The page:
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By Eric Heinz
Editor’s Note: This is the first part of a two-part series about transgender policy in the Capistrano Unified School District and the people it affects.
As a member of the Navy, courage is a required trait. For Marsha (formerly Marshall) Morgan, that attribute has been exemplified in another way.
A San Clemente High School graduate and current city resident, Morgan is a former sonar technician with the U.S. Navy and has been a bus driver for Capistrano Unified School District for 17 years—and she is currently making her transition from man to woman.
Morgan said the reception of her transition has been mostly positive.
“Last year I was presenting as male, but there were some subtle, feminine hints,” Morgan said. “Some kids started calling me Ms. Marsha. Recently, a group of high school students came to the front of the bus and asked me if I preferred male or female pronouns. I had to praise them six ways from Sunday for that; I told them how appropriate it was.”
Morgan said seeing a voice coach to help her speak more feminine is part of the psychological transition.
“What you have to understand is I bus 80 kids around the district, and the difference between this voice,” she said, speaking in an authoritative and masculine tone, “and this voice,” changing to the quieter, feminine tone, “is one gets their attention and the other just kind of makes them giggle.”
Morgan’s public transition is fairly recent. When she was a child—identified as a boy—her mother found a stash of feminine items, which led to her being shipped to a military school in San Diego.
“The intent, I suppose, was to drum out the female in me,” she said. “I’m 53 years old, and I knew I was different since I was 8 years old; I’ve been transgendered since I was 8 years old,” Morgan said.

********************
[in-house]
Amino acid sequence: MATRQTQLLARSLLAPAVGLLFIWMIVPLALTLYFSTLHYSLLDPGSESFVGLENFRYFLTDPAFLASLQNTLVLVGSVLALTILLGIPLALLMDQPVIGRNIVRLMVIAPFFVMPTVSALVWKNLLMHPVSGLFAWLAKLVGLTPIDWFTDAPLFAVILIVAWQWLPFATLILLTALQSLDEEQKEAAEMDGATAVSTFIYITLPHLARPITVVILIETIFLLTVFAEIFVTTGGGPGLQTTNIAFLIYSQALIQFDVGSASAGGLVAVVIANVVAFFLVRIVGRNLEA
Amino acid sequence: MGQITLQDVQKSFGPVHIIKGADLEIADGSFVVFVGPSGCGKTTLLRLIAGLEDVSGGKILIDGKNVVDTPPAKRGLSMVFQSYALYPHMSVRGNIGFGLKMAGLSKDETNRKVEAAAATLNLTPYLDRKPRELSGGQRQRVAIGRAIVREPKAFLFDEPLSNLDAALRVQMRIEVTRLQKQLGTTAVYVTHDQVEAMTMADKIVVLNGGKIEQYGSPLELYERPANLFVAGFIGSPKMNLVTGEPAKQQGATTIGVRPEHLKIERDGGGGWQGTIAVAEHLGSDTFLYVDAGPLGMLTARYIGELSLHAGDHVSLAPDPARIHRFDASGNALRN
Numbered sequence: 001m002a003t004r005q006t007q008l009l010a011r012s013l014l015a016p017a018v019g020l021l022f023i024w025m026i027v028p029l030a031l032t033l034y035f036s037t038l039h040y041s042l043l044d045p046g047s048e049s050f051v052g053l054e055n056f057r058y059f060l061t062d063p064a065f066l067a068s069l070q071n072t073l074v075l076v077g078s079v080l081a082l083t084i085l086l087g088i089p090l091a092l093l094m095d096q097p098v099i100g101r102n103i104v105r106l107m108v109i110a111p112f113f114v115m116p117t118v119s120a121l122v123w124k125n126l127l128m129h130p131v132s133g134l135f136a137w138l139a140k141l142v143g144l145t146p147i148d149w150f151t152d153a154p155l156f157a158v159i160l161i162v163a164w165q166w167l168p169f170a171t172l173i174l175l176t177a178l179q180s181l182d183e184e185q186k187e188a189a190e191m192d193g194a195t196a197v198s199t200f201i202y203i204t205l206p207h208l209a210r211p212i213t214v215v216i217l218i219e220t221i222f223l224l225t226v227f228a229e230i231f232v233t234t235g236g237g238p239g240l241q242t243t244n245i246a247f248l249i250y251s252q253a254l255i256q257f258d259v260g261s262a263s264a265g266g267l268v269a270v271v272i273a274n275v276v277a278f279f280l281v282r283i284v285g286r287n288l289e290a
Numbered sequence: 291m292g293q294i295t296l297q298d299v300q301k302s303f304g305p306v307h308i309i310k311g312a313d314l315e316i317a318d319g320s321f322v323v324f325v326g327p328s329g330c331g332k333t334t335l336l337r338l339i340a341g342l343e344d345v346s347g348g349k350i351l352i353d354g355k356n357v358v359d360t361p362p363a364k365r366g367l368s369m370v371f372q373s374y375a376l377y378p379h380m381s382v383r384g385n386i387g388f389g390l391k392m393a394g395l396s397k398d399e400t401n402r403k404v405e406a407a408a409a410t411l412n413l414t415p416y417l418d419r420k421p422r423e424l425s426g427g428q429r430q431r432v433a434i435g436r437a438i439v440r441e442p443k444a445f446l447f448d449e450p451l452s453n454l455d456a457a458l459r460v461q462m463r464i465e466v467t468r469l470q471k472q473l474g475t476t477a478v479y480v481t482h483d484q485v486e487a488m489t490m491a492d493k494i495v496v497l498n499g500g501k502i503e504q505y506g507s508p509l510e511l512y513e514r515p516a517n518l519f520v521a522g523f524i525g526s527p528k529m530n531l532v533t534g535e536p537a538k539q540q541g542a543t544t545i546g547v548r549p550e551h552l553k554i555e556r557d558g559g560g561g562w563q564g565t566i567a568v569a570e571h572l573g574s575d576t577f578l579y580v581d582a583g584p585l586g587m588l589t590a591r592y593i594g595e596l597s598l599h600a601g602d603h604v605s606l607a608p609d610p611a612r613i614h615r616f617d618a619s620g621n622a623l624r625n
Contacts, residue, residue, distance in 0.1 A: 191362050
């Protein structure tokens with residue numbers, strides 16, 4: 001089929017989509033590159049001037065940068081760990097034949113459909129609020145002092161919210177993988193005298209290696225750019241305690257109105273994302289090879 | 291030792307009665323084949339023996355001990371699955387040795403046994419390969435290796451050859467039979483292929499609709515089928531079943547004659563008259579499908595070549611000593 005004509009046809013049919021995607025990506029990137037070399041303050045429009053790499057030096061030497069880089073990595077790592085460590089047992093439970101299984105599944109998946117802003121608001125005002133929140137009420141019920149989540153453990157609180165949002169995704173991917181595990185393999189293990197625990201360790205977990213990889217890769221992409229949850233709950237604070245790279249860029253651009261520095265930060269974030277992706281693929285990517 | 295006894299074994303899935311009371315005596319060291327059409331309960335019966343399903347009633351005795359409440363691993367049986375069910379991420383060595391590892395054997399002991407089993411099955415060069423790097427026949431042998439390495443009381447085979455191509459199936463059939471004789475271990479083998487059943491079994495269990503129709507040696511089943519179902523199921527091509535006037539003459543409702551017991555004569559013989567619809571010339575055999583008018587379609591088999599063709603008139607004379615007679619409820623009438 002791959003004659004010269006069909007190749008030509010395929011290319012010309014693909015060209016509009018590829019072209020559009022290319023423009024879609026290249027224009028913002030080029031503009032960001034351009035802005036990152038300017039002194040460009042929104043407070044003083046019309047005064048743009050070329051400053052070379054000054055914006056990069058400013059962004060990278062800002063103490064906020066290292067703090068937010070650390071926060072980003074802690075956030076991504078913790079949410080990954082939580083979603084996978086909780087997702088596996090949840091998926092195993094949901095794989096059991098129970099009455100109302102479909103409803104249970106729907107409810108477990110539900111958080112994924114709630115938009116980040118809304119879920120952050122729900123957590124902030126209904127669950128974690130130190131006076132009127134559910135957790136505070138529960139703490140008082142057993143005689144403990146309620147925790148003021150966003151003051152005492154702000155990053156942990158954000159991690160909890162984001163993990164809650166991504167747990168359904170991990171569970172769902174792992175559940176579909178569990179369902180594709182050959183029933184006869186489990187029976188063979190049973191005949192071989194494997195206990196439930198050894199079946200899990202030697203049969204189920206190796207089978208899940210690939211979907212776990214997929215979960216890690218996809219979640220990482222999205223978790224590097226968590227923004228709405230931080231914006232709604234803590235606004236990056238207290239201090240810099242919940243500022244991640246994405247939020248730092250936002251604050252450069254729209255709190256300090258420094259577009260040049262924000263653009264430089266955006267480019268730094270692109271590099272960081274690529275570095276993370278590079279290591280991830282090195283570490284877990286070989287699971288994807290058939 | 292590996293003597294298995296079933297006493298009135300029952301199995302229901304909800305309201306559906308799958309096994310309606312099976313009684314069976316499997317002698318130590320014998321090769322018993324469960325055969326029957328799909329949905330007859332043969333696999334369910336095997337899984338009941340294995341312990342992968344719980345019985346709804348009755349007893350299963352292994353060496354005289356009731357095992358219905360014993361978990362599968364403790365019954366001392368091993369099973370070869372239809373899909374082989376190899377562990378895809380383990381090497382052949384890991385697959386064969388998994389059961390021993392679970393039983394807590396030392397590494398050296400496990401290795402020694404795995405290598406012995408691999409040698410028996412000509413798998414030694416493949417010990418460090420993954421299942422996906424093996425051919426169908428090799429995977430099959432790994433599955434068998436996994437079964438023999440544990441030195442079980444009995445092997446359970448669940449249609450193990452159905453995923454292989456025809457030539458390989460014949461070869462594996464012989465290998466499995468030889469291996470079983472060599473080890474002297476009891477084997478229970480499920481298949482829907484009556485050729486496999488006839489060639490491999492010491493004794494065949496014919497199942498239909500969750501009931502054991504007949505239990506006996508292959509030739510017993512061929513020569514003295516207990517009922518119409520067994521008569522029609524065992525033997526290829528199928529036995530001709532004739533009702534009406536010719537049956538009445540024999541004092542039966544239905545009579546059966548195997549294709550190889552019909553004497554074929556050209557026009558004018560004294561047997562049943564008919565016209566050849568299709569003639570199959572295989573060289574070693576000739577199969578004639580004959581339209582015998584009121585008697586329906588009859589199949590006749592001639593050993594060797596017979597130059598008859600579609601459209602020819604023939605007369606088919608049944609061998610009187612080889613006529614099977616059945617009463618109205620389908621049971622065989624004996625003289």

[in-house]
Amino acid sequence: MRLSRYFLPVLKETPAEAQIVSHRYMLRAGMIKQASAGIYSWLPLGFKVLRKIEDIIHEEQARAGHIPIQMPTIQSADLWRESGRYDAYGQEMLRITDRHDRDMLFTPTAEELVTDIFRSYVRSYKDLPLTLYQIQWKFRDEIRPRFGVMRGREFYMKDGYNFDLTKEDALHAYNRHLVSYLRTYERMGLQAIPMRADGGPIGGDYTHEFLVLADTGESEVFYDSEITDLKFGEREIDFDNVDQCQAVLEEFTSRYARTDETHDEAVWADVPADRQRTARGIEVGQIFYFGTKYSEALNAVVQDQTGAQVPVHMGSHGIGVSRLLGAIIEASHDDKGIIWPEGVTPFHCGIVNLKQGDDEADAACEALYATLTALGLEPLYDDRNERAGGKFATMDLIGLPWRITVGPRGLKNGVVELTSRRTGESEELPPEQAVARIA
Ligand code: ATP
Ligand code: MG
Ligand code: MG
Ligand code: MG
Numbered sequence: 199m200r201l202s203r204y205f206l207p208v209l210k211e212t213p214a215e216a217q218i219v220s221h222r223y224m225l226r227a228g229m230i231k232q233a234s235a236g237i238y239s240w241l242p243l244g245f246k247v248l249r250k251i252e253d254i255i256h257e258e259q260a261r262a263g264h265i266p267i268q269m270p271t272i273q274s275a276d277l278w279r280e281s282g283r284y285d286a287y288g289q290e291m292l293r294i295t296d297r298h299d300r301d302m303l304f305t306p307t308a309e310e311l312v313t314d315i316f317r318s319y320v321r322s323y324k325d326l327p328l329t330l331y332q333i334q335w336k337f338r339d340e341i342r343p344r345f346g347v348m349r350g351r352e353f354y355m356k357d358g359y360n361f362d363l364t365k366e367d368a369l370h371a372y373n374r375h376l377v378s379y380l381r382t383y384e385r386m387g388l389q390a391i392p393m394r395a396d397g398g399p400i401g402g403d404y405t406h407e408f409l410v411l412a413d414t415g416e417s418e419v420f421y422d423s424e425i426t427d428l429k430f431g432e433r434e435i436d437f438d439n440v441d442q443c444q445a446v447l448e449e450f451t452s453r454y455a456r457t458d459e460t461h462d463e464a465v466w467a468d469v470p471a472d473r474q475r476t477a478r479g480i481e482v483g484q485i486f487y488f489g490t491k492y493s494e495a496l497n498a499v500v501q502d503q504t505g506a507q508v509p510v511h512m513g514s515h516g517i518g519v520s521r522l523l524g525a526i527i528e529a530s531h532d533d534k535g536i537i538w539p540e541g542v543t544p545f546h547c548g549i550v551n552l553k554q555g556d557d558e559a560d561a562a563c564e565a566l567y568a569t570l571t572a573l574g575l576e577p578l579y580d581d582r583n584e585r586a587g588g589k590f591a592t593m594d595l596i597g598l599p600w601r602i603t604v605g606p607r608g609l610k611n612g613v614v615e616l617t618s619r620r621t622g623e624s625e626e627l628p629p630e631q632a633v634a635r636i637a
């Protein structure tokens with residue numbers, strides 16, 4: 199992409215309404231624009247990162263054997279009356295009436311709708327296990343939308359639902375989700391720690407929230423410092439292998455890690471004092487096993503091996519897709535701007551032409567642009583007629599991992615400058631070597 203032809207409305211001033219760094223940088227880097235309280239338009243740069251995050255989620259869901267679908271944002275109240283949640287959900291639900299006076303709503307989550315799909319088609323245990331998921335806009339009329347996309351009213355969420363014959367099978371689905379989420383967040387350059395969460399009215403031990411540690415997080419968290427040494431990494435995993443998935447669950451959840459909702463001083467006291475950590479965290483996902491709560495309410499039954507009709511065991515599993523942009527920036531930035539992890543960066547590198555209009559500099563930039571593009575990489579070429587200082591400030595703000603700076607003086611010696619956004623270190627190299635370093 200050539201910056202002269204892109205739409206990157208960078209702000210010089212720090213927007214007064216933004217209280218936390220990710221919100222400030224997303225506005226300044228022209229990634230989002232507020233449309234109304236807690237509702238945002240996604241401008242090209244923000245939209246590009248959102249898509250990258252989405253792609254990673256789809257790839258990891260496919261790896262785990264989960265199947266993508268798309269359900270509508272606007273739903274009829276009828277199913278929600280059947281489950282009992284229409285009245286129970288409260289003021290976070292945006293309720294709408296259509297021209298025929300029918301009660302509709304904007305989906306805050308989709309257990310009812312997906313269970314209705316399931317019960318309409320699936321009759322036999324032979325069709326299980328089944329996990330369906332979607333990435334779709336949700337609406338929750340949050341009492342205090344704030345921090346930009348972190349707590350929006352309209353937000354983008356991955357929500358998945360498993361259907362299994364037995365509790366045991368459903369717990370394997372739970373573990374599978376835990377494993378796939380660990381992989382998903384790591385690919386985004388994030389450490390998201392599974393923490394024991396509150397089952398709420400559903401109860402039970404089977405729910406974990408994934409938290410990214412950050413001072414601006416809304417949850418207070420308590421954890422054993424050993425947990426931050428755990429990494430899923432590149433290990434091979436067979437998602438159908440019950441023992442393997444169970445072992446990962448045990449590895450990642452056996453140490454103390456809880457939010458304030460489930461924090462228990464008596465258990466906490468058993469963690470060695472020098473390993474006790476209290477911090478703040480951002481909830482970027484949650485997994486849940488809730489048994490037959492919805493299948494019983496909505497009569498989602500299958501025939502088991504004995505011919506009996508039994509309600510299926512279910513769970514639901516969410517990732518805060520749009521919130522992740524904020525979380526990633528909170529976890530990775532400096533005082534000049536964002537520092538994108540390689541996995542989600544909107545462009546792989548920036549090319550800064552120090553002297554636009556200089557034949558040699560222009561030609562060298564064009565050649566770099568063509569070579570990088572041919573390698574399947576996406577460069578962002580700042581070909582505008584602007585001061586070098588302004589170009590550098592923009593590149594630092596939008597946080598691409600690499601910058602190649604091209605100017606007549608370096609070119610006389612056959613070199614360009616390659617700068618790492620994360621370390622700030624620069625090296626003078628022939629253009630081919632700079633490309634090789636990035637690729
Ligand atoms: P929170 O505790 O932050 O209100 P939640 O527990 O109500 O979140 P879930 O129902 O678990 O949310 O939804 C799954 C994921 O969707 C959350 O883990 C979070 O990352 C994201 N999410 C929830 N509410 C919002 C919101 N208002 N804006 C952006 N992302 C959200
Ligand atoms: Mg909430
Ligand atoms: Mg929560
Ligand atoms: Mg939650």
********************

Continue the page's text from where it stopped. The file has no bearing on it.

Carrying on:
Being separated from her family, Morgan was very depressed at the military school and was eventually sent back to home.
Later in life, she discovered that getting the transitional operation would be affordable.
“This is the true me, and 53 years of being in the wrong body is going to be fixed in a year.” —Marsha Morgan
“Once I knew what could be done, a transition-type surgery, I always wanted it but knew it was always out of reach and I wouldn’t be able to afford it,” Morgan said. “As soon as I found out that a transition was possible, I was ready to go. There was no second thought about it. This is the true me.”
Morgan said the most recent CUSD health insurance plan would enable her to start the transition to becoming the woman she wanted to be. Gender modification surgery can cost more than $100,000 for the whole process. There are other countries that perform the surgery frequently, but Morgan said the quality may not be as high.
In order to qualify for the surgery, Morgan had to see a psychiatrist who would have to diagnose her with gender dysphoria.
“After about 30 minutes with the psychiatrist, I was diagnosed,” Morgan said, adding she has been going through hormone replacement therapy. “The only thing ( CUSD officials) asked was if it would affect my job performance, and I said it wouldn’t.”
The recovery from the surgery takes a bit of time. She said because the surgeons who are within the insurance network have been inundated with appointments, it could be this summer or next before she has surgery.
Although her first experiences with military life were not enjoyable, Morgan said she felt the call to serve her country. She entered the Navy at 25 years old as a sonar technician, achieving high marks in her classes. She spent six years as a Sailor. In doing so, she was able to pick the position of her choice.
Shortly thereafter, she was deployed to the Persian Gulf in 1991 for six months during Operation Desert Storm.
Aboard the U.S.S. Topeka submarine, it was her responsibility to track ships within the gulf. What made it extraordinarily stressful, Morgan said, was that the Persian Gulf isn’t deep enough to avoid detection.
She went back for a second tour during Desert Shield. The U.S.S. Topeka was the first American submarine to enter the gulf, and Morgan received an expeditionary medal for the mission. She also received medals for national defense, a Southwest Asia medal and one for expert marksmanship.